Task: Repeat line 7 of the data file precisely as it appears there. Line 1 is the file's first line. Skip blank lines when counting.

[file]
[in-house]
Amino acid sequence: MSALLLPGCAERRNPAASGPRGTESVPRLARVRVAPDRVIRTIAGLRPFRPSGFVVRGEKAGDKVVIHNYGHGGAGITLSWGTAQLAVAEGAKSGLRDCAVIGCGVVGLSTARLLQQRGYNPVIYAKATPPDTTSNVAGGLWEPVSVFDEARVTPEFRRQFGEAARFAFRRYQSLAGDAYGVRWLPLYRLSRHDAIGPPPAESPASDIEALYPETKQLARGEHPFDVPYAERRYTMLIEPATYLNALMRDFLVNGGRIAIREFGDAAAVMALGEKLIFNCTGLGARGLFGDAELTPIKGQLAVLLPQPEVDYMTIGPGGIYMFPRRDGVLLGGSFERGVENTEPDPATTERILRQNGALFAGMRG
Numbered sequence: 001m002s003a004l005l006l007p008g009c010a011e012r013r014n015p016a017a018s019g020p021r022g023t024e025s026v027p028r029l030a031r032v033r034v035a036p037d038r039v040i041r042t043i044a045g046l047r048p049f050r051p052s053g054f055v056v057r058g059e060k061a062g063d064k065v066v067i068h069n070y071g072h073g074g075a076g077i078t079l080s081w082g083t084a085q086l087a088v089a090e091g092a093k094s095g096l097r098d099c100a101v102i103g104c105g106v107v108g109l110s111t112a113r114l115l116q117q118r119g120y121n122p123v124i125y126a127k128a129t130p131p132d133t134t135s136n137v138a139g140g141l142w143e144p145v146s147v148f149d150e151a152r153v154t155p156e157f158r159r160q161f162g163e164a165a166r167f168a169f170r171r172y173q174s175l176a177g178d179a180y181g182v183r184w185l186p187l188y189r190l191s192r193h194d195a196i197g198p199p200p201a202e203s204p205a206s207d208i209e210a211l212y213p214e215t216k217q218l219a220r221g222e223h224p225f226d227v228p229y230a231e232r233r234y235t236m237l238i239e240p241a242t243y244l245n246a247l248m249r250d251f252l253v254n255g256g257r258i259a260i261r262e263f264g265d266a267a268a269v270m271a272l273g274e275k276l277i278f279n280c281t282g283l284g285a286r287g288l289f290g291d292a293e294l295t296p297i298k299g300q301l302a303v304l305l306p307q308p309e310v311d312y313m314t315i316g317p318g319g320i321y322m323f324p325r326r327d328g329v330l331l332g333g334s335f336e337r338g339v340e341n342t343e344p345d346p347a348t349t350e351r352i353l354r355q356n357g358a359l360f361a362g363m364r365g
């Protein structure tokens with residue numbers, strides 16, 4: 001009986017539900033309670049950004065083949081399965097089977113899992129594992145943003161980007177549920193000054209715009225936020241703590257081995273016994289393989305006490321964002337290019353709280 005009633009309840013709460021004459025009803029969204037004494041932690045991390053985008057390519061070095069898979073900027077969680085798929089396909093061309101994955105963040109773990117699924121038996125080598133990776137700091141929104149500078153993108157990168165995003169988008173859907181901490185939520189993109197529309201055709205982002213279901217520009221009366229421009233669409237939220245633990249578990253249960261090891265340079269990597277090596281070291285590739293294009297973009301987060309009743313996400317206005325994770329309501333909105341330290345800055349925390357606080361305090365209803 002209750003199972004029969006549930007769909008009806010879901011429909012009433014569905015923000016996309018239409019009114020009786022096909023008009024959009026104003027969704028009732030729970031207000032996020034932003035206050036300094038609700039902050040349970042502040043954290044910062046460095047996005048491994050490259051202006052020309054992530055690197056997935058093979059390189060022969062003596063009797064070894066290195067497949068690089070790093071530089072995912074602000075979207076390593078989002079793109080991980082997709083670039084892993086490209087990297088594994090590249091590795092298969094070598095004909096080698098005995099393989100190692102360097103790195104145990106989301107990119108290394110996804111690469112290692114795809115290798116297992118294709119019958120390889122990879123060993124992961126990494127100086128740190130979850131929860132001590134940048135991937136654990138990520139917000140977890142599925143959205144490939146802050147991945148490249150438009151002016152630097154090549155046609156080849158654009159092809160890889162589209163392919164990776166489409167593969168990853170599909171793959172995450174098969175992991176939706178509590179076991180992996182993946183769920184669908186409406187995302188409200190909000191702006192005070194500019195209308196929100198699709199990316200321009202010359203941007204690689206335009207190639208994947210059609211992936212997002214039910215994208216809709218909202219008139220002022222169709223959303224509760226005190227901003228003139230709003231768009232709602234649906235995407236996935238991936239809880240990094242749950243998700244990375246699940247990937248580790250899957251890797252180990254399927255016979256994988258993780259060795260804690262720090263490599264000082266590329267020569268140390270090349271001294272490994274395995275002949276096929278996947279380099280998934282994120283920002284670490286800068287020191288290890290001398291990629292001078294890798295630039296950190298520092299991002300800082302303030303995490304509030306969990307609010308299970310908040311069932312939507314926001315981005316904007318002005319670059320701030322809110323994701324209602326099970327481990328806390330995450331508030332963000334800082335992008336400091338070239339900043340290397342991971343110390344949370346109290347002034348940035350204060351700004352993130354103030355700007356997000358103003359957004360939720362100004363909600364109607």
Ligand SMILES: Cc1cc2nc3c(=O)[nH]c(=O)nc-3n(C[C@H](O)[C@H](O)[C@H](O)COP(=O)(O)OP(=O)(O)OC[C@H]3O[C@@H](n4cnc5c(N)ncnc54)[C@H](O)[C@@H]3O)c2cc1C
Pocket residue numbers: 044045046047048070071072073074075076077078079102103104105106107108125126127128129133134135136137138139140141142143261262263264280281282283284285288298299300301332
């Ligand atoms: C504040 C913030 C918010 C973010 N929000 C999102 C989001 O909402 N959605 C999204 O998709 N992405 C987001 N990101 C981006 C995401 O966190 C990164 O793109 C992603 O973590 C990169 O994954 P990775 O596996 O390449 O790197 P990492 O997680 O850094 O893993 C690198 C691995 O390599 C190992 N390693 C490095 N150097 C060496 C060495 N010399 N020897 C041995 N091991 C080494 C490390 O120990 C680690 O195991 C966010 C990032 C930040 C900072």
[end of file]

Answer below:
């Ligand atoms: C504040 C913030 C918010 C973010 N929000 C999102 C989001 O909402 N959605 C999204 O998709 N992405 C987001 N990101 C981006 C995401 O966190 C990164 O793109 C992603 O973590 C990169 O994954 P990775 O596996 O390449 O790197 P990492 O997680 O850094 O893993 C690198 C691995 O390599 C190992 N390693 C490095 N150097 C060496 C060495 N010399 N020897 C041995 N091991 C080494 C490390 O120990 C680690 O195991 C966010 C990032 C930040 C900072």